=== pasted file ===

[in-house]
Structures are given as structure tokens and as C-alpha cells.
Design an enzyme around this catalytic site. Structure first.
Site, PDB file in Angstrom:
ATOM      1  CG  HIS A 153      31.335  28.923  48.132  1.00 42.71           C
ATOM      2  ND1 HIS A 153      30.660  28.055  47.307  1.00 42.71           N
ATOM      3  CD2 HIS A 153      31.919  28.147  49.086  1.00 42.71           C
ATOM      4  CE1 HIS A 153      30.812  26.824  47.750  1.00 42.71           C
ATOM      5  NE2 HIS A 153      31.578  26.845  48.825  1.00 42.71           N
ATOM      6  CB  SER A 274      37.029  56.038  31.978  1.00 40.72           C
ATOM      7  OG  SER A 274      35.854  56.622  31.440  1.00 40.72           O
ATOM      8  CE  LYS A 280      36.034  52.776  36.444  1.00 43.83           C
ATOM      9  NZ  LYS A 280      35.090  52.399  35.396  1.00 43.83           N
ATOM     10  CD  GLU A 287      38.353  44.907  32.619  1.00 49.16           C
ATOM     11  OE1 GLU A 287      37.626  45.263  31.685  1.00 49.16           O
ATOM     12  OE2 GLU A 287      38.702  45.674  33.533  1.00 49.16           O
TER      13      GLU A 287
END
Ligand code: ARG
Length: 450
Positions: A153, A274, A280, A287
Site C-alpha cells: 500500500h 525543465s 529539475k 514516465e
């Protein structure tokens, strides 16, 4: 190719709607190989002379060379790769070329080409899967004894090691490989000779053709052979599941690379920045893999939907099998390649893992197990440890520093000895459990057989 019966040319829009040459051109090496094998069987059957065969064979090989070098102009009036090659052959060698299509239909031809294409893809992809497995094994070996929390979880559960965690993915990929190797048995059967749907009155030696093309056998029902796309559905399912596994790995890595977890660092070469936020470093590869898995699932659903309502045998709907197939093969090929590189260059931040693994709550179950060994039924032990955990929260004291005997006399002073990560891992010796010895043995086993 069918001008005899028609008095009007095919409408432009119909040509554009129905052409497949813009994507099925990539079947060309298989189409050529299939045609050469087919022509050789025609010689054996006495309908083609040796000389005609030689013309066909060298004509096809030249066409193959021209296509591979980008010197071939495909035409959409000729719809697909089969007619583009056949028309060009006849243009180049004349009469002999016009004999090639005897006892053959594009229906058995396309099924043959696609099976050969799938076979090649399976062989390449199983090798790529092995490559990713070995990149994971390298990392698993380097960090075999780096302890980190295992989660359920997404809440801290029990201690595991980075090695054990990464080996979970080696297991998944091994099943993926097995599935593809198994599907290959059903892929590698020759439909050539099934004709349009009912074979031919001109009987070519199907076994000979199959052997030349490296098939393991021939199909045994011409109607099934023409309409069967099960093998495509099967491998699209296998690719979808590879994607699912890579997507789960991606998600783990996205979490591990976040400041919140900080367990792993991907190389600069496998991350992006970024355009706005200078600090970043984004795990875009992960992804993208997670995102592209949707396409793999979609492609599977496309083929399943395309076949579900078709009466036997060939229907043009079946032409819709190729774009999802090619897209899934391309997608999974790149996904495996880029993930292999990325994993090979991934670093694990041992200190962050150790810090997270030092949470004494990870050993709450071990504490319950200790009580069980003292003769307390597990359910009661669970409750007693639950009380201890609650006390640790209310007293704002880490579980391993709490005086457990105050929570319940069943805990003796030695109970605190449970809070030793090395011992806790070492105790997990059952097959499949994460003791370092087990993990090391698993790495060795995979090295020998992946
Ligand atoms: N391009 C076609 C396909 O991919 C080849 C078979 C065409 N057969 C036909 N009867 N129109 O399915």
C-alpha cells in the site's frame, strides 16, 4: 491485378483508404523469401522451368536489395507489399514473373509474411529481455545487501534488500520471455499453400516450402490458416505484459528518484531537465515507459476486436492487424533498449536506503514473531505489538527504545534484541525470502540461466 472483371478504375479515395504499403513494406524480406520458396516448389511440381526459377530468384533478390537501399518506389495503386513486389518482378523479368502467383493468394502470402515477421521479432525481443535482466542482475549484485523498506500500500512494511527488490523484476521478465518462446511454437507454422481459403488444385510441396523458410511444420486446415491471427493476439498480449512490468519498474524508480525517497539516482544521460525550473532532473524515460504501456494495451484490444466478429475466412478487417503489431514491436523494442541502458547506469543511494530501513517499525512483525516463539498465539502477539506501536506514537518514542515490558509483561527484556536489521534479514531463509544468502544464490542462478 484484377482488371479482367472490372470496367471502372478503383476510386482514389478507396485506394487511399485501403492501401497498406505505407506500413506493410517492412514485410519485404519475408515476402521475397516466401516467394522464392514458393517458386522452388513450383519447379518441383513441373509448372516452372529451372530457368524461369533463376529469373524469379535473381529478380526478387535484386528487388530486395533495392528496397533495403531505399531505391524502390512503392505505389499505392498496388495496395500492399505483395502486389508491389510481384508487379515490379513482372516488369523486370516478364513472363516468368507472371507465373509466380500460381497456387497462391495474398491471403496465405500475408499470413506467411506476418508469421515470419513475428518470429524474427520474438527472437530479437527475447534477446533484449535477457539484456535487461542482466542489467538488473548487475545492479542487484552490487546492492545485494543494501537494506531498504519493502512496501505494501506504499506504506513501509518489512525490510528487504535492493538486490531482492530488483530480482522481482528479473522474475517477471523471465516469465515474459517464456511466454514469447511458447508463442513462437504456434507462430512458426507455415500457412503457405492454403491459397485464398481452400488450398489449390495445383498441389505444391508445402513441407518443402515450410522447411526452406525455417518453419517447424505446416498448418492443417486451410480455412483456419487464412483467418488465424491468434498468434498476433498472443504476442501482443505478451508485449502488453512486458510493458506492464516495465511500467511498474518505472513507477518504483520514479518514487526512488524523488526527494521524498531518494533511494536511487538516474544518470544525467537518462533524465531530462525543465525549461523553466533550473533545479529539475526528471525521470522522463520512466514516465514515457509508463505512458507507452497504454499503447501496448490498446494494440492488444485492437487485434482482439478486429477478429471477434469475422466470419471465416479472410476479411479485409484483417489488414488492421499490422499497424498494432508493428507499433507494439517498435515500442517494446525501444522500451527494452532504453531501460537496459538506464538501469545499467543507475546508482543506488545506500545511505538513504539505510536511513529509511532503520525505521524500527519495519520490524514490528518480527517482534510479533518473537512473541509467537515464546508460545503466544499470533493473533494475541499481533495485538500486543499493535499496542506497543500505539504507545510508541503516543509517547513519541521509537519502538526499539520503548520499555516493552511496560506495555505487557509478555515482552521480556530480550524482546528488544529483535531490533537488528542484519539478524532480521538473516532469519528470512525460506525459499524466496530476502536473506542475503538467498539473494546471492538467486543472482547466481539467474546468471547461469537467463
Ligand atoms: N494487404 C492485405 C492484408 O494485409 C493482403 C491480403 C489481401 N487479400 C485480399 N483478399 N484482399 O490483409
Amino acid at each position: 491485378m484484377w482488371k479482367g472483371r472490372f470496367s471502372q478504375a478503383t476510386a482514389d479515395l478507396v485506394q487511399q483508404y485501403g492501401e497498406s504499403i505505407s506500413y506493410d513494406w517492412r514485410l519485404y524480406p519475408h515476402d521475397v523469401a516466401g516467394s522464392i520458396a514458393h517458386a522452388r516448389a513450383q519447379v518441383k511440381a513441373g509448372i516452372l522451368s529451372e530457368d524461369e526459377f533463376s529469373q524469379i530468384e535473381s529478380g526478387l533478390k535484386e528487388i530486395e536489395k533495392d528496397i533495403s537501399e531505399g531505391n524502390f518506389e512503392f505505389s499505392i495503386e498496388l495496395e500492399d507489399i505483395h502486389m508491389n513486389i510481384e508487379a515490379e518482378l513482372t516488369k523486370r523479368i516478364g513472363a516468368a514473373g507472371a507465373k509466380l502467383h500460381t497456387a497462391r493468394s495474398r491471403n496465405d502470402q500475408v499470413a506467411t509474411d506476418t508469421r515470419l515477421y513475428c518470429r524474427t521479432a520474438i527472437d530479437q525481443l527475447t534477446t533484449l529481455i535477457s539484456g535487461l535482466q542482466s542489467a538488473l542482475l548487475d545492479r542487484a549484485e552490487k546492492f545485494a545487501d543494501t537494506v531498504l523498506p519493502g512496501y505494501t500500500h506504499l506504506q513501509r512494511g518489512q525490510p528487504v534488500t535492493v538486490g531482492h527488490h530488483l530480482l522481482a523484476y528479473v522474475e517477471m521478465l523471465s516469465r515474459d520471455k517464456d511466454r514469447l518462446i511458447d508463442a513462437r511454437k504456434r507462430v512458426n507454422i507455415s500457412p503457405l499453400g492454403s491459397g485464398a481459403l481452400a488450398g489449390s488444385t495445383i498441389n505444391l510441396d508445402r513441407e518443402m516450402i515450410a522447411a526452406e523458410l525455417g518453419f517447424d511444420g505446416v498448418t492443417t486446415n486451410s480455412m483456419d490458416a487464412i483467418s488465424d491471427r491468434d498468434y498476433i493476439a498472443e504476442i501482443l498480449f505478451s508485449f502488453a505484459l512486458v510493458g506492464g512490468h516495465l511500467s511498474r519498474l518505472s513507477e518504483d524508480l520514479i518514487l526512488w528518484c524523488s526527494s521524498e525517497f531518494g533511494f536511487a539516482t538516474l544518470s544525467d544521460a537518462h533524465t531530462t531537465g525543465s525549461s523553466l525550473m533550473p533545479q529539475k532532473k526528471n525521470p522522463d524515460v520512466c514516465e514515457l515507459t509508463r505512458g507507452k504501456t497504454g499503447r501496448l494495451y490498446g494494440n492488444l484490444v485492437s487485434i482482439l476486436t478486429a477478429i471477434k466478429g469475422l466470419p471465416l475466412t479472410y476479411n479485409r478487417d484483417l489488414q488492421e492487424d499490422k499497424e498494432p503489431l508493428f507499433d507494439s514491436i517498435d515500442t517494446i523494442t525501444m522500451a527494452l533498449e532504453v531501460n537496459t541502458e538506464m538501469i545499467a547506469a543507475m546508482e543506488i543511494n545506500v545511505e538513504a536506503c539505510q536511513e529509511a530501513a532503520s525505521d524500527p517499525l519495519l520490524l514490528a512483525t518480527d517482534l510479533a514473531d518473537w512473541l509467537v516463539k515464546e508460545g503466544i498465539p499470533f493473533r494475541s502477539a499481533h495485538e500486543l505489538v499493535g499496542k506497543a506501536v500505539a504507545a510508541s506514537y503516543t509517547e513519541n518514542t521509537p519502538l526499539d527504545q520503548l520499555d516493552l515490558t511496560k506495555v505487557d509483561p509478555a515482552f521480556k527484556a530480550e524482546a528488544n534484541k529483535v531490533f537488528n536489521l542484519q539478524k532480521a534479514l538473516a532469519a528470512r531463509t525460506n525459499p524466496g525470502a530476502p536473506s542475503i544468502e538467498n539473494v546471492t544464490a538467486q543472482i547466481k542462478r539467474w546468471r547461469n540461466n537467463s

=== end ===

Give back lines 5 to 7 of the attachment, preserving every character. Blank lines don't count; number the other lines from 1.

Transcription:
ATOM      1  CG  HIS A 153      31.335  28.923  48.132  1.00 42.71           C
ATOM      2  ND1 HIS A 153      30.660  28.055  47.307  1.00 42.71           N
ATOM      3  CD2 HIS A 153      31.919  28.147  49.086  1.00 42.71           C